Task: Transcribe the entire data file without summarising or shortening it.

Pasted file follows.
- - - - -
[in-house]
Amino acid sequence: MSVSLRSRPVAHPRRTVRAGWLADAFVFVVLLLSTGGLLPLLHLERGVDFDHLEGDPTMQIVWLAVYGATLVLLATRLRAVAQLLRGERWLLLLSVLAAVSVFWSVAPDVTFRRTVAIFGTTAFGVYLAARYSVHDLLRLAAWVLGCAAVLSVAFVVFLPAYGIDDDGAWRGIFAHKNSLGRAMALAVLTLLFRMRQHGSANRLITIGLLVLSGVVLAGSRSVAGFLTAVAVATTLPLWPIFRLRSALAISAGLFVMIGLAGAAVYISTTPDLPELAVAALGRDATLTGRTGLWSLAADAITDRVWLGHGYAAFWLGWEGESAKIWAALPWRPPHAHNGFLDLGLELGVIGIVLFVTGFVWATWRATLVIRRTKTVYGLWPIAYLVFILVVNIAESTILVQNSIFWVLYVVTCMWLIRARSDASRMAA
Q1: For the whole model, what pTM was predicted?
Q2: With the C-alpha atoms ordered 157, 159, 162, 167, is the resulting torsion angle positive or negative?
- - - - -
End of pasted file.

[in-house]
Amino acid sequence: MSVSLRSRPVAHPRRTVRAGWLADAFVFVVLLLSTGGLLPLLHLERGVDFDHLEGDPTMQIVWLAVYGATLVLLATRLRAVAQLLRGERWLLLLSVLAAVSVFWSVAPDVTFRRTVAIFGTTAFGVYLAARYSVHDLLRLAAWVLGCAAVLSVAFVVFLPAYGIDDDGAWRGIFAHKNSLGRAMALAVLTLLFRMRQHGSANRLITIGLLVLSGVVLAGSRSVAGFLTAVAVATTLPLWPIFRLRSALAISAGLFVMIGLAGAAVYISTTPDLPELAVAALGRDATLTGRTGLWSLAADAITDRVWLGHGYAAFWLGWEGESAKIWAALPWRPPHAHNGFLDLGLELGVIGIVLFVTGFVWATWRATLVIRRTKTVYGLWPIAYLVFILVVNIAESTILVQNSIFWVLYVVTCMWLIRARSDASRMAA
Q1: For the whole model, what pTM was predicted?
Q2: With the C-alpha atoms ordered 157, 159, 162, 167, is the resulting torsion angle positive or negative?